Trujillo – Nestled within a lush valley eight hours north of Lima, Trujillo is celebrated for its photogenic colonial center filled with colorful Spanish mansions, quaint churches, and friendly locals.

Not far from the Pacific Coast, this relatively large city was founded in the 1500s, close to the abandoned Chan Chan ruins, one of the largest pre-Incan empires of ancient Peru. Within its impressive once-walled ruins, this Chimor mud city is the largest adobe city in the Americas and boasts a series of religious temples, burial grounds, and royal residences.

Chan Chan Mud Citadel of Peru

But that’s not the only history worth exploring in Trujillo. Visit the 19th-century National University of Trujillo – one of the largest of its kind in South America – that features the world’s longest mosaic, and appreciate the incredible murals of Huaca de la Luna (the Temple of the Moon) that unfortunately showcases human sacrifice. If you’re looking to relax after your days of exploring, you can’t go wrong with the beaches of resort town Huanchaco – don’t forget your sun cream!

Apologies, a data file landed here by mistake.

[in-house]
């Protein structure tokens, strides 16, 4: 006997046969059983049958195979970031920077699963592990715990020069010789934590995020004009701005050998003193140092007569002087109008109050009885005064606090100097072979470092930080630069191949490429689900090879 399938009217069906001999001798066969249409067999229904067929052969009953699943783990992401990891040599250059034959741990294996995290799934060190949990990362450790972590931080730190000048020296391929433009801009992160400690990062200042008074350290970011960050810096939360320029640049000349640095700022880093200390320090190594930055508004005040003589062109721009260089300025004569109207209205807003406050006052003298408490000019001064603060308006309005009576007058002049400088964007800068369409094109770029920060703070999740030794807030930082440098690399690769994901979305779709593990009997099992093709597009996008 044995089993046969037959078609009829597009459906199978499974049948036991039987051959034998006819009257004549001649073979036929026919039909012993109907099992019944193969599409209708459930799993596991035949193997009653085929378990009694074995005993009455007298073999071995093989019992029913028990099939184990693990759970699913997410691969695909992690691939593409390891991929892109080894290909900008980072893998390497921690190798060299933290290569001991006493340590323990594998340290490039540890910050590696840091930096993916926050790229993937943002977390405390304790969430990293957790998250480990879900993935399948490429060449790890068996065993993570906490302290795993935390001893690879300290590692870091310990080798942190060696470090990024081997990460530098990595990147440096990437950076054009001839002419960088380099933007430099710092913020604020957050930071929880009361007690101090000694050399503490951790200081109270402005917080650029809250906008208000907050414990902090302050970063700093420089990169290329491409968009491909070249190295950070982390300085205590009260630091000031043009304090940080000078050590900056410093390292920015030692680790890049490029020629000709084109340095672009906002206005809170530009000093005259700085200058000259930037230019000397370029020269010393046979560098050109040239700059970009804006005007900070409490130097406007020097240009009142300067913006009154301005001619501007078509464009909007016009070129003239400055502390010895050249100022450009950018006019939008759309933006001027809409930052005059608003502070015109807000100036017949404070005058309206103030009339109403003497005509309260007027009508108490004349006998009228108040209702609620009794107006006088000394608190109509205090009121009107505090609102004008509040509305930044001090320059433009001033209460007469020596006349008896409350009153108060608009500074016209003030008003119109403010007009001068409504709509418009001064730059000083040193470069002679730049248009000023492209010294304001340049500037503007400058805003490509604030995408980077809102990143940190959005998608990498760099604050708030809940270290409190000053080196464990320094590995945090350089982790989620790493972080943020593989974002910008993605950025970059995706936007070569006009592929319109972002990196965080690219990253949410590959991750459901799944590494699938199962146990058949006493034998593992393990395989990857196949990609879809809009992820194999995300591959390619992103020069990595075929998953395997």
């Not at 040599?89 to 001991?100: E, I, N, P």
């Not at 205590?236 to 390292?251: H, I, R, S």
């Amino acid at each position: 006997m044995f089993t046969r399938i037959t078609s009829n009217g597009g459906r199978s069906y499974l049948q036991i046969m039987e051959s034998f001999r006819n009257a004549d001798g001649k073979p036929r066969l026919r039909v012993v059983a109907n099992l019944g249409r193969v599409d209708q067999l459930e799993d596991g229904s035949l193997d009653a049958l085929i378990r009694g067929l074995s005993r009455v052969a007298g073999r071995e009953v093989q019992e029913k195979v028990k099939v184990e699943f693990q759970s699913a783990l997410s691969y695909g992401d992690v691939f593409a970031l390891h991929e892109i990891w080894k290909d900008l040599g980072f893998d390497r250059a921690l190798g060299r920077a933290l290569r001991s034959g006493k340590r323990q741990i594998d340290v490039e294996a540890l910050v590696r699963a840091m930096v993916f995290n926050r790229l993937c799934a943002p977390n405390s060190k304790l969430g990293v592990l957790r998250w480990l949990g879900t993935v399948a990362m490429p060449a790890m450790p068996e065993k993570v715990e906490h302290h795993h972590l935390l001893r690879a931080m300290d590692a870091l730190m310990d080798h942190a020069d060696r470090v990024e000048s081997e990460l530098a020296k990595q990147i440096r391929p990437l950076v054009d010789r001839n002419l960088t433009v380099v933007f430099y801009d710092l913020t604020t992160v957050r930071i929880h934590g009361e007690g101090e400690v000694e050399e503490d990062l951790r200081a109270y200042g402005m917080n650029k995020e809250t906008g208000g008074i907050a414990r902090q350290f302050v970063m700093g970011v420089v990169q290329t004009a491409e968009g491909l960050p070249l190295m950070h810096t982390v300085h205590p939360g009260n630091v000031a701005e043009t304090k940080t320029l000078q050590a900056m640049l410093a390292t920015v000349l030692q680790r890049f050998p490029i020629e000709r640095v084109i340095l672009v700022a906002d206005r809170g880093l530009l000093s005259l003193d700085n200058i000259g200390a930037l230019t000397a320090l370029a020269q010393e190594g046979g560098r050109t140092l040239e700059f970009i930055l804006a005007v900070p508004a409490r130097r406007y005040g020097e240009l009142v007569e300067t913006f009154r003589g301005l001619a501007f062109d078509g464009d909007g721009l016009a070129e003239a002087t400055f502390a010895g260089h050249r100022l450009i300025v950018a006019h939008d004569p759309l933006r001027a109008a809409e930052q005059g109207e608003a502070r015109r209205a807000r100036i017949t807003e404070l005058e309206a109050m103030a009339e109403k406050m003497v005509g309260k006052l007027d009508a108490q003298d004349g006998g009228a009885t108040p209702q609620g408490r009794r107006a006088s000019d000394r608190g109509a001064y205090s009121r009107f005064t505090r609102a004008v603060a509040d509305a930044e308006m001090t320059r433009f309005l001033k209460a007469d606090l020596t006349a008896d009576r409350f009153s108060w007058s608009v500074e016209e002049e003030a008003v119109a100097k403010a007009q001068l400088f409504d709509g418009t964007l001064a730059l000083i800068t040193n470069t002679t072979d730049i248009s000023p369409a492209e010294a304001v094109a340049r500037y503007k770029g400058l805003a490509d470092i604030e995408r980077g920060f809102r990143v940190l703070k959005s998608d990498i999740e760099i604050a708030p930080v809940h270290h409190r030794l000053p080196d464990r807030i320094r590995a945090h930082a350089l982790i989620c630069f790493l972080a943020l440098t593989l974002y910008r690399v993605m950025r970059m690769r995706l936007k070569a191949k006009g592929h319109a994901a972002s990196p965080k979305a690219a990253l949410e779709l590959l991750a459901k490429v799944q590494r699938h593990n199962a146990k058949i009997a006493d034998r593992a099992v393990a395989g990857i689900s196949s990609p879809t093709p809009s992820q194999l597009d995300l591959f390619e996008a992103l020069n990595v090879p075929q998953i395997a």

Lima – As Peru’s capital and largest city, Lima is a sprawling metropolis of almost 9 million people. The city was founded in 1535 by the Spanish conquistador Francisco Pizarro and offers a rich history and exceptional food, a great sense of culture.

You’ll find modern buildings contrasting with traditional and colonial architecture and orderly slums alongside raving nightclubs and bars. Ruled by the Spanish for three centuries, Lima boasts intriguing Spanish-colonial churches, abbeys, and monasteries – a real treat for history buffs.